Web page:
Alberta Arbitration Board Rules Random Drug and Alcohol Testing Unreasonable
In the ongoing debate on random drug and alcohol testing of employees, an Alberta Arbitration Board (the “Board”) has found that an employer’s random drug and alcohol testing policy is unreasonable.
The Board’s decision is the result of a grievance filed by Unifor, Local 707A (“Unifor”) against Suncor Energy Inc., Oil Sands (“Suncor”) and follows a Queen’s Bench decision in 2012 that granted Unifor an injunction preventing Suncor from implementing the random testing policy pending the outcome of the grievance. The Court of Appeal upheld the injunction (the Court of Appeal decision having been discussed in a previous Workwise).
The issue before the Board was whether Suncor’s unilateral imposition of a random drug and alcohol testing policy for employees in a safety sensitive position was a reasonable exercise of management rights. The random drug and alcohol policy at issue was separate from Suncor’s current drug and alcohol policy, which allows for post-incident, reasonable cause, return to work and follow-up testing.
The starting point for the Board’s analysis is the Supreme Court of Canada’s decision in Communications, Energy and Paperworkers Union of Canada, Local 30 v. Irving Pulp & Paper, Limited (“Irving”) delivered in June 2013 that upheld an arbitration board’s decision that random alcohol testing was unreasonable. As set out in Irving, the employer must prove there is a workplace problem sufficient to justify random testing. In determining whether random testing is reasonable, it is necessary to apply a “balance of interests” approach to determine if the benefit gained to the employer by the imposition of the random testing policy in the dangerous workplace is proportional to the harm to employee privacy.
The majority of the Board (one of the three panel members, Suncor’s nominee, had a dissenting view ) rejected the random testing policy, finding it was unreasonable because the benefits gained by Suncor in reducing its safety risks were not proportional to the harm that would occur to employees because of the significant infringement of their privacy rights.
The Board noted the distinction that has existed in the case law between random alcohol testing and random drug testing stemming from the inability of random drug testing by urinalysis to demonstrate impairment of job functions at the time the test is taken.
The Board found that there was not a sufficient basis to justify the imposition of random alcohol testing, as the evidence did not establish an “out-of-control” alcohol culture or a significant problem or legitimate safety risk (there being only 14 positive alcohol tests over 9 years for a large employer and the evidence suggesting that positive tests were decreasing). Further, the Board commented that the evidence failed to demonstrate a particular problem with employees who were Unifor members as the evidence presented by Suncor related to all workers on the site (reference to three fatalities linked to drugs or alcohol were contractor employees and not Unifor members).
The Board also rejected the imposition of random drug testing. It found that Suncor’s testing method of urinalysis, while able to identify employees who recently used drugs, was unable to provide specific information with respect to current impairment. It was a more intrusive means of testing which did not provide the most accurate results or necessary information. As such, the “flagging” of an employee who recently used drugs did not meet the threshold of a legitimate business interest which would justify the intrusion into the employee’s privacy. The Board also identified Suncor’s failure to fully comply with Alberta’s Drug and Alcohol Risk Reduction Pilot Principles (“DARRPP” ), which Suncor originally participated in, as another factor for finding the policy was unreasonable. In this regard, the Board noted that Suncor’s position on the use of urine testing is made more confusing in that DARRPP recognized oral fluid (buccal swab) testing, which is able to determine present impairment by drugs.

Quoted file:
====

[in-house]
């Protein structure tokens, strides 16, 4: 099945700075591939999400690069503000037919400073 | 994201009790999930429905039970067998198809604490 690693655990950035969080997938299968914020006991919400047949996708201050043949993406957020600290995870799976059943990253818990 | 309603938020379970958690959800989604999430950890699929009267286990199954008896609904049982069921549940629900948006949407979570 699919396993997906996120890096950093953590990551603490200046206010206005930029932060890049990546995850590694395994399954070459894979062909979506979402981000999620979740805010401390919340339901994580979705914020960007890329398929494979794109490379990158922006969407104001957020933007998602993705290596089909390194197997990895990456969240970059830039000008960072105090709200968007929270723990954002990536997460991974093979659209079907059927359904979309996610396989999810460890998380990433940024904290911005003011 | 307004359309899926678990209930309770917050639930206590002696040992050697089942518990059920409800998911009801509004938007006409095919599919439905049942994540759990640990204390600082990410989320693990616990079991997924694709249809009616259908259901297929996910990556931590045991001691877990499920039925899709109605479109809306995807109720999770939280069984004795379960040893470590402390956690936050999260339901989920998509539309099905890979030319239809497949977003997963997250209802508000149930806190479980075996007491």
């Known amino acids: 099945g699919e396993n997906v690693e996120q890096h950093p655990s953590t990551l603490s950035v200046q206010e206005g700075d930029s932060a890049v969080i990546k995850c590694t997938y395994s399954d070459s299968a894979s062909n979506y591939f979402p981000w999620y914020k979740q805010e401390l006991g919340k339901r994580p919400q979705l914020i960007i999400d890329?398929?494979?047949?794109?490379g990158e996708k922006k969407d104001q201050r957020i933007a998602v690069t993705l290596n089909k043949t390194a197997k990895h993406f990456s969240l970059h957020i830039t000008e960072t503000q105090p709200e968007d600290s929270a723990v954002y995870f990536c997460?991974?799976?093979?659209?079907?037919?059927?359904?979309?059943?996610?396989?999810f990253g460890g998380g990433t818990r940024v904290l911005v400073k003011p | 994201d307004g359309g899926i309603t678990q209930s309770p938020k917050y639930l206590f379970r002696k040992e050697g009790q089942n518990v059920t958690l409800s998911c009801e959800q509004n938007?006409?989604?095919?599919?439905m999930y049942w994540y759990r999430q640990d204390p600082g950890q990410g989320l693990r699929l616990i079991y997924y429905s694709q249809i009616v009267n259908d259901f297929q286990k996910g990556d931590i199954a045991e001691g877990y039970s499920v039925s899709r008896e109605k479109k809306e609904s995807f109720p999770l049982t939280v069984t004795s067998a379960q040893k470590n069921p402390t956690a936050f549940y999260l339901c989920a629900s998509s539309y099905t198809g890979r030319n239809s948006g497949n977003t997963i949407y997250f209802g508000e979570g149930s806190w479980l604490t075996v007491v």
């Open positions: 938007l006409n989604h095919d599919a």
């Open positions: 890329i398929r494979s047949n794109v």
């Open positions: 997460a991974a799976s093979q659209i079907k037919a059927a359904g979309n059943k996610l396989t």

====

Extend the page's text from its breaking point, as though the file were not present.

In summary, the Board held that the policy was unreasonable based on the lack of proof of a drug or alcohol problem among Unifor members, the intrusive nature of the testing methods and the limitations with urinalysis as a testing measure.
The Board’s decision does not foreclose random drug testing in the workplace. Random testing could be justified if it was a proportionate response that considered safety concerns and privacy interests. While Suncor and Unifor did not give the Board jurisdiction to determine what would have been a reasonable policy, the Board did state what it would have done if they had done so. Essentially, a “reasonable random alcohol and drug testing policy” would be one that applied DARRPP, including a time limited trial project subject to review, measurement of effects and results (including false positives), respect for employees’ dignity, a dispute solution mechanism, a clear "under the influence of alcohol or drugs" prohibition, consistent training and oral fluid testing.
Suncor has issued a statement that it intends to seek judicial review of the Board’s decision.
We will provide further analysis of the decision and what it means for employers in an upcoming edition of Workwise.
 Suncor’s nominee provides an extensive review of the evidence on the basis that the majority of the Board “failed to consider material and relevant facts and was highly selective in its review of the evidence”.
 DARRPP is a two-year initiative that started in 2012 and is led by a multi-stakeholder group that includes major oil sands industry employers and labour providers. Its purpose is to evaluate and report on the effectiveness of comprehensive workplace alcohol and drugs programs that include random workplace testing. DARRPP is expected to report its findings in 2014.